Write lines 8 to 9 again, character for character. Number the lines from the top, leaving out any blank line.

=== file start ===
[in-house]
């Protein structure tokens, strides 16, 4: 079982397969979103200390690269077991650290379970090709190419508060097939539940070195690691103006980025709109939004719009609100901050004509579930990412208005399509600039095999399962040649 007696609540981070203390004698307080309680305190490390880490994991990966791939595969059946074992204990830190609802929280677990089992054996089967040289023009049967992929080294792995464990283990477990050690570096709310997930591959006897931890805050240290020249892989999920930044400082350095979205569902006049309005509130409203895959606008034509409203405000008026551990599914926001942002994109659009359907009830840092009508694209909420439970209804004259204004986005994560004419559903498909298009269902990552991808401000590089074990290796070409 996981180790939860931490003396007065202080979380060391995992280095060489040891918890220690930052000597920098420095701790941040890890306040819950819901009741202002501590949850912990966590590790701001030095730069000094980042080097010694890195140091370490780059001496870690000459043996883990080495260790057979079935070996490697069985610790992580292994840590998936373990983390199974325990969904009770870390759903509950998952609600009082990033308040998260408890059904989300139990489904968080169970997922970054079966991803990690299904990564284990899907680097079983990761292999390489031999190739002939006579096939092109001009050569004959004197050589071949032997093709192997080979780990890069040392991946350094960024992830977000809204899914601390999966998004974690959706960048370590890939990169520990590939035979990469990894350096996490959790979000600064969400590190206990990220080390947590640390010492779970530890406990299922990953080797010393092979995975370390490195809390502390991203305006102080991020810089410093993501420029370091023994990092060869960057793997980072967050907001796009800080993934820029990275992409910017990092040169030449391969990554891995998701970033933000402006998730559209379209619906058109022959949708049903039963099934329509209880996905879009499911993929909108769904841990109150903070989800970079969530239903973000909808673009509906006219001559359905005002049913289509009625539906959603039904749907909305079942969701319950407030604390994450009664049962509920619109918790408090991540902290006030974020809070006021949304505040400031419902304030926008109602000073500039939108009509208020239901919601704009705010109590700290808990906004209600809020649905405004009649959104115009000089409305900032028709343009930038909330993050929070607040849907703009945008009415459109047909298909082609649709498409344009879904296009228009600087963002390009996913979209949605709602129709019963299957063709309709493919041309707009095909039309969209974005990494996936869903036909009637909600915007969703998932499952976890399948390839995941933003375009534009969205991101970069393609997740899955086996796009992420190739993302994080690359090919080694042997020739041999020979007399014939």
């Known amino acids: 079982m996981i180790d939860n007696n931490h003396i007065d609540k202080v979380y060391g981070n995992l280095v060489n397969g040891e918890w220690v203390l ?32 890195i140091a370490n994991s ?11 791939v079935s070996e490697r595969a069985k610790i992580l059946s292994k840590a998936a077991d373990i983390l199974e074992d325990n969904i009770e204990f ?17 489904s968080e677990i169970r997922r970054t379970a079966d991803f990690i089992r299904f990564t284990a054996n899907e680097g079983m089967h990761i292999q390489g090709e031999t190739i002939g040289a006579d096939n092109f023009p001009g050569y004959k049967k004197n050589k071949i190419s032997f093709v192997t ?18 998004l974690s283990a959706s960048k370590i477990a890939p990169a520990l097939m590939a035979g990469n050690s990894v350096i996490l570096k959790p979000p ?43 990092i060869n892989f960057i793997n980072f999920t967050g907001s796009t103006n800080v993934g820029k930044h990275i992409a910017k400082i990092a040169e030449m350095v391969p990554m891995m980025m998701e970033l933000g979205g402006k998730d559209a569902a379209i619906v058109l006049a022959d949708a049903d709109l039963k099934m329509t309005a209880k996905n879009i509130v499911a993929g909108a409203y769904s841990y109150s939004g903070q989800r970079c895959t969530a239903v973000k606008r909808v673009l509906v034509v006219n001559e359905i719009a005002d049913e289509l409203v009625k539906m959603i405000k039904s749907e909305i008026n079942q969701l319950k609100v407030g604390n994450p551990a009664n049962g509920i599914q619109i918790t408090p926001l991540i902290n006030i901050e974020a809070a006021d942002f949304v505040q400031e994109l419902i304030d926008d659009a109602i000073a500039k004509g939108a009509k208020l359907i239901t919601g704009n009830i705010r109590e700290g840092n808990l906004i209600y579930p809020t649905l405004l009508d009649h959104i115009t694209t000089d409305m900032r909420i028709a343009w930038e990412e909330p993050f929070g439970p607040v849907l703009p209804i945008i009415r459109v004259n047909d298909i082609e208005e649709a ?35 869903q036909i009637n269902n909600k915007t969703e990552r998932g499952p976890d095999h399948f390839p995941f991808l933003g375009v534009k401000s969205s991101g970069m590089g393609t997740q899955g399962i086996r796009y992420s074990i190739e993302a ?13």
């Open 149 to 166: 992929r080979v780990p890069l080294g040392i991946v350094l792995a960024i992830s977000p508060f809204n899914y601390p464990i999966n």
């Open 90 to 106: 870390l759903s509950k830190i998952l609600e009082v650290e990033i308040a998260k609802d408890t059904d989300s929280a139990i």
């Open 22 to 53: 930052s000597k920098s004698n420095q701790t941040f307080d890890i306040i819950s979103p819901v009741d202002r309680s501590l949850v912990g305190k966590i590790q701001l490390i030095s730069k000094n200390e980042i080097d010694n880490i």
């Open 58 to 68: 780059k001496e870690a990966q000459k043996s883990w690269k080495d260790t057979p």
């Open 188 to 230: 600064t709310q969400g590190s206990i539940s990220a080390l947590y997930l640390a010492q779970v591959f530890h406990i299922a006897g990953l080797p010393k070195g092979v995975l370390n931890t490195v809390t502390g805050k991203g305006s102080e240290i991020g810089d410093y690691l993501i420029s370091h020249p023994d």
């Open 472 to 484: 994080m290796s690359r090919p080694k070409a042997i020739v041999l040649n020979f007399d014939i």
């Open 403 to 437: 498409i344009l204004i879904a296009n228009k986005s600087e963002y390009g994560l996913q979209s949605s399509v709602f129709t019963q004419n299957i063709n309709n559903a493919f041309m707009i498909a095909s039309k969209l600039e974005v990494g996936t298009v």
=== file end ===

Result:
């Open 188 to 230: 600064t709310q969400g590190s206990i539940s990220a080390l947590y997930l640390a010492q779970v591959f530890h406990i299922a006897g990953l080797p010393k070195g092979v995975l370390n931890t490195v809390t502390g805050k991203g305006s102080e240290i991020g810089d410093y690691l993501i420029s370091h020249p023994d």
């Open 472 to 484: 994080m290796s690359r090919p080694k070409a042997i020739v041999l040649n020979f007399d014939i």